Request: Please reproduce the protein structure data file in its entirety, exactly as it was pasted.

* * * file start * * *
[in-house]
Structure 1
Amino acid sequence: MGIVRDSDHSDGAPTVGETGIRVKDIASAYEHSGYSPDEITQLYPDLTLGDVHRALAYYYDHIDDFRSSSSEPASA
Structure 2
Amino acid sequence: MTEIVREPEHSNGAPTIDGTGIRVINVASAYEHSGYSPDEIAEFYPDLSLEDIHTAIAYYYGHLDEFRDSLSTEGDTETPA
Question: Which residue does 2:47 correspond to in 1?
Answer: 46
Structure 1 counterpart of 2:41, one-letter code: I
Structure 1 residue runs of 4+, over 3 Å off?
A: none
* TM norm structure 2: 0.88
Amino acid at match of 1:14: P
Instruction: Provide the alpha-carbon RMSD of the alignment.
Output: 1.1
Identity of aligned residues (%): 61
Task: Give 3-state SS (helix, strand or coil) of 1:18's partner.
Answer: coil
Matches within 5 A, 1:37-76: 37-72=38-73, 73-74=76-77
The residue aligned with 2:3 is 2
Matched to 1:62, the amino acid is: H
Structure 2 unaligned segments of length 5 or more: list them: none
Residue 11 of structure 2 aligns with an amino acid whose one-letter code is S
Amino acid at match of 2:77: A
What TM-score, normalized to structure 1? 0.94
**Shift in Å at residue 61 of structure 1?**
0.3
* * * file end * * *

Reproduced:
[in-house]
Structure 1
Amino acid sequence: MGIVRDSDHSDGAPTVGETGIRVKDIASAYEHSGYSPDEITQLYPDLTLGDVHRALAYYYDHIDDFRSSSSEPASA
Structure 2
Amino acid sequence: MTEIVREPEHSNGAPTIDGTGIRVINVASAYEHSGYSPDEIAEFYPDLSLEDIHTAIAYYYGHLDEFRDSLSTEGDTETPA
Question: Which residue does 2:47 correspond to in 1?
Answer: 46
Structure 1 counterpart of 2:41, one-letter code: I
Structure 1 residue runs of 4+, over 3 Å off?
A: none
* TM norm structure 2: 0.88
Amino acid at match of 1:14: P
Instruction: Provide the alpha-carbon RMSD of the alignment.
Output: 1.1
Identity of aligned residues (%): 61
Task: Give 3-state SS (helix, strand or coil) of 1:18's partner.
Answer: coil
Matches within 5 A, 1:37-76: 37-72=38-73, 73-74=76-77
The residue aligned with 2:3 is 2
Matched to 1:62, the amino acid is: H
Structure 2 unaligned segments of length 5 or more: list them: none
Residue 11 of structure 2 aligns with an amino acid whose one-letter code is S
Amino acid at match of 2:77: A
What TM-score, normalized to structure 1? 0.94
**Shift in Å at residue 61 of structure 1?**
0.3